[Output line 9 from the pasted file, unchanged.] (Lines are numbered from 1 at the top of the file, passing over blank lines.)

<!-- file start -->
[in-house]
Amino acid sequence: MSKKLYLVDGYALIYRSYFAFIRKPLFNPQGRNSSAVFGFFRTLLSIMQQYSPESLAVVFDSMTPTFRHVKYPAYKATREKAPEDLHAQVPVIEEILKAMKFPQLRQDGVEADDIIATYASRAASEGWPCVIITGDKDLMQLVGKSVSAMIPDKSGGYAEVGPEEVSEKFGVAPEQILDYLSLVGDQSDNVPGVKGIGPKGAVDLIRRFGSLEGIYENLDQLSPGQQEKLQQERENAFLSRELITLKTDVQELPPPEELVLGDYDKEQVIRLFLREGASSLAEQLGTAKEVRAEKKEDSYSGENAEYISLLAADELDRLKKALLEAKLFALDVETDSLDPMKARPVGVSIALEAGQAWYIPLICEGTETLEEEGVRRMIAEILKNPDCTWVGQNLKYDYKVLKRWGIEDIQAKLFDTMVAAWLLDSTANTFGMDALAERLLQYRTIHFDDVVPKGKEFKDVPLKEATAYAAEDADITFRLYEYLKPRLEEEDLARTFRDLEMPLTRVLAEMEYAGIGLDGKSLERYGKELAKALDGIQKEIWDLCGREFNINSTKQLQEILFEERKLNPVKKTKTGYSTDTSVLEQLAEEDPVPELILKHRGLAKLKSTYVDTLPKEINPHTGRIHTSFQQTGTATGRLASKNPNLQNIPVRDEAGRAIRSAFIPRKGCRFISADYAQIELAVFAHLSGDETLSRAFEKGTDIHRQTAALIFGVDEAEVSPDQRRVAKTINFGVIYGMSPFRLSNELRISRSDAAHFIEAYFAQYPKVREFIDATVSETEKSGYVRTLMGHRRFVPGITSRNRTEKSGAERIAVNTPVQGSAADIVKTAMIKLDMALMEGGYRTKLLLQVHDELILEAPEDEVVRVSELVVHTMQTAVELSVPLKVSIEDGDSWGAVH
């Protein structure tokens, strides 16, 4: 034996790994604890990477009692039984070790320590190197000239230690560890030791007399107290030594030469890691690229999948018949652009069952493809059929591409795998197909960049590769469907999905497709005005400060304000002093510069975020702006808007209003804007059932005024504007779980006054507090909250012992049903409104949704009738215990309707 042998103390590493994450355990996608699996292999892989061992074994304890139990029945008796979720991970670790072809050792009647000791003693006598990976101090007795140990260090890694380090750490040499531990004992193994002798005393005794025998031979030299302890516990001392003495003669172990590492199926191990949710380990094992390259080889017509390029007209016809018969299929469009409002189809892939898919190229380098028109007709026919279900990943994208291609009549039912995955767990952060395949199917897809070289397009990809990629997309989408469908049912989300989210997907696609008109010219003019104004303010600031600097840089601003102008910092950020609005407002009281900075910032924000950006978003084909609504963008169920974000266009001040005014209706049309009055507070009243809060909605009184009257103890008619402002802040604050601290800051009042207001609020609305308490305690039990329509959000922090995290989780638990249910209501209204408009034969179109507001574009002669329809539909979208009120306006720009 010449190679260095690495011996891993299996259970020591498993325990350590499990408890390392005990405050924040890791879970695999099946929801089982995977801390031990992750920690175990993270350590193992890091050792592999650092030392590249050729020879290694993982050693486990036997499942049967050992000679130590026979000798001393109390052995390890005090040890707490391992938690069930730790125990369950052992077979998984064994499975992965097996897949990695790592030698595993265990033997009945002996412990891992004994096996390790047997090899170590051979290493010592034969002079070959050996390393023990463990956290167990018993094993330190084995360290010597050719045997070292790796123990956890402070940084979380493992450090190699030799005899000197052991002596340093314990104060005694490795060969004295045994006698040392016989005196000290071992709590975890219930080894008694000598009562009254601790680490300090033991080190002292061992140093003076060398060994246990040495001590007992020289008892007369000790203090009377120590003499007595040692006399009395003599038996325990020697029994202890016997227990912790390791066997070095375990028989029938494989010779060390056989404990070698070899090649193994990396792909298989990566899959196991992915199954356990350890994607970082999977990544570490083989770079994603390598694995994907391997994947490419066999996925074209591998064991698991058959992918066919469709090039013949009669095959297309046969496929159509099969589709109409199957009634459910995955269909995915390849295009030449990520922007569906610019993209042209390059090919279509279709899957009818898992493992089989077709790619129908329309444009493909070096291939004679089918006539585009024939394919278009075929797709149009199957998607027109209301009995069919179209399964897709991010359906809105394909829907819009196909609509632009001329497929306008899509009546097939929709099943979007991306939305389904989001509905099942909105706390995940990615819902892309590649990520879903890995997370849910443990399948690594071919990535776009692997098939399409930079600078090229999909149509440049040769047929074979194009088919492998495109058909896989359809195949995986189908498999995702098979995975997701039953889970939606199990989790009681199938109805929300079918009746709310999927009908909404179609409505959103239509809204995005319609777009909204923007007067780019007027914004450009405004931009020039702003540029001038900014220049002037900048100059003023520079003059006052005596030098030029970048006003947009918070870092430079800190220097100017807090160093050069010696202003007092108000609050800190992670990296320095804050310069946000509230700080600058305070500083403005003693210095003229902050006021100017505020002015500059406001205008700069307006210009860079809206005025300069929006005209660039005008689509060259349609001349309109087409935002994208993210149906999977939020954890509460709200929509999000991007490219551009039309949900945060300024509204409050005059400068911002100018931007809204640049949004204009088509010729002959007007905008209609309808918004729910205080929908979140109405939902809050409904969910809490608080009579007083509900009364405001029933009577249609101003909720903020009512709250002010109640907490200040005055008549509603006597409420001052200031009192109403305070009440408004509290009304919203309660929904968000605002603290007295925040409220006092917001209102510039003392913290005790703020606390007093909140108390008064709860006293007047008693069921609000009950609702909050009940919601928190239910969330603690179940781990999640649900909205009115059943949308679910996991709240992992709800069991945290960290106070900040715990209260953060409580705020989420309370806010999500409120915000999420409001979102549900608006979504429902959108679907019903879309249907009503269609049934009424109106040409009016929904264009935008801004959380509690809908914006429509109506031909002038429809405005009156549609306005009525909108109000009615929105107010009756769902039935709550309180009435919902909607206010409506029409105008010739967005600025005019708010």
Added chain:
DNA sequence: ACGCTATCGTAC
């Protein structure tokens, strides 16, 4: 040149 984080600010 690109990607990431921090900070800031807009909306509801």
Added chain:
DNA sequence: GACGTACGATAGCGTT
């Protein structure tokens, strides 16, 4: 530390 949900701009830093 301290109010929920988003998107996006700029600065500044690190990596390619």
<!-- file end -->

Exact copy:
């Protein structure tokens, strides 16, 4: 530390 949900701009830093 301290109010929920988003998107996006700029600065500044690190990596390619």